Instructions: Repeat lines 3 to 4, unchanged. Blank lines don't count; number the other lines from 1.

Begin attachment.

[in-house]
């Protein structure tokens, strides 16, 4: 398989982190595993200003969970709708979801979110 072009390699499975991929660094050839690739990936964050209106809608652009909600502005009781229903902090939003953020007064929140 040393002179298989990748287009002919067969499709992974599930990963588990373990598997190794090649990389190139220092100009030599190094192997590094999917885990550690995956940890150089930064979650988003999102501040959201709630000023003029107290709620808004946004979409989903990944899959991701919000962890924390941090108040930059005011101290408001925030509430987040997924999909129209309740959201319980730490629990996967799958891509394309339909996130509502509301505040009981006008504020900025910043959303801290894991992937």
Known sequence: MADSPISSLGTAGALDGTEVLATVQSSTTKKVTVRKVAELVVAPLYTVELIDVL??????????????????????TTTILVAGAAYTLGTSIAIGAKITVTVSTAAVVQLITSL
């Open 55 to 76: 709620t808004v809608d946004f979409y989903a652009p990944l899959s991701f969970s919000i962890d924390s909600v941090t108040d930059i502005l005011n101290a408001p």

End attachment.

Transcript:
Known sequence: MADSPISSLGTAGALDGTEVLATVQSSTTKKVTVRKVAELVVAPLYTVELIDVL??????????????????????TTTILVAGAAYTLGTSIAIGAKITVTVSTAAVVQLITSL
């Open 55 to 76: 709620t808004v809608d946004f979409y989903a652009p990944l899959s991701f969970s919000i962890d924390s909600v941090t108040d930059i502005l005011n101290a408001p």